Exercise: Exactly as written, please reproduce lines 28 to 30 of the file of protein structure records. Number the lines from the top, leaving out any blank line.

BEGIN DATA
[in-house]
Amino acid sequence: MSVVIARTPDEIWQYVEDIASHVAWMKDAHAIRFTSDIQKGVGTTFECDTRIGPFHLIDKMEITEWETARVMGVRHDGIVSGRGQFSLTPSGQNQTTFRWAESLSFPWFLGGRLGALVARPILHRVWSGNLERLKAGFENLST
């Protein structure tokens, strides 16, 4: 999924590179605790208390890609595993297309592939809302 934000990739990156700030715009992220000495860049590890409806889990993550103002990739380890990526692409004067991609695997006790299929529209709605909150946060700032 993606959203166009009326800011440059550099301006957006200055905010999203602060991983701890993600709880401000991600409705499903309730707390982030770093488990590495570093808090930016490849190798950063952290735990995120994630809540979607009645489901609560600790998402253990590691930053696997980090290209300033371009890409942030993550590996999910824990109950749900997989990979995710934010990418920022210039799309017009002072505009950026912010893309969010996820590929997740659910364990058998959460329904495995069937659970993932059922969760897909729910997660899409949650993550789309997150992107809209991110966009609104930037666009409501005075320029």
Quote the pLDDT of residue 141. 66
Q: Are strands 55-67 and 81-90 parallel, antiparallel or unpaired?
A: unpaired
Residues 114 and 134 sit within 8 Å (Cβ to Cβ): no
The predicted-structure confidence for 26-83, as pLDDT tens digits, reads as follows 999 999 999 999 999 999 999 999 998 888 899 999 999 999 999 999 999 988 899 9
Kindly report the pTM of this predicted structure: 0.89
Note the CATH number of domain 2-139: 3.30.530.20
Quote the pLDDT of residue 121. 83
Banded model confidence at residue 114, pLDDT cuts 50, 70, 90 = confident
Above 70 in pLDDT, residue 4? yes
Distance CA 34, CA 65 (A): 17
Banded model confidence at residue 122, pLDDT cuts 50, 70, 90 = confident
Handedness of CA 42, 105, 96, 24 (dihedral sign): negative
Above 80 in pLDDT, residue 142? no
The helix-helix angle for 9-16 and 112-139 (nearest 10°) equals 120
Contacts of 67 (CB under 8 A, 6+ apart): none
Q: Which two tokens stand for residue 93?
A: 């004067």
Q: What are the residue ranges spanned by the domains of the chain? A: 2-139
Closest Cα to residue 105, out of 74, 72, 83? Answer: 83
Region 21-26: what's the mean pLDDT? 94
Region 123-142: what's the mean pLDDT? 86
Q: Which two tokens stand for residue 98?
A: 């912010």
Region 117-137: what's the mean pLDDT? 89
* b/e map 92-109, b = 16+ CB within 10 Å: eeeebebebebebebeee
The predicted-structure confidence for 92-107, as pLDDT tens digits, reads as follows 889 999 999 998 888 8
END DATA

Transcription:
Region 117-137: what's the mean pLDDT? 89
* b/e map 92-109, b = 16+ CB within 10 Å: eeeebebebebebebeee
The predicted-structure confidence for 92-107, as pLDDT tens digits, reads as follows 889 999 999 998 888 8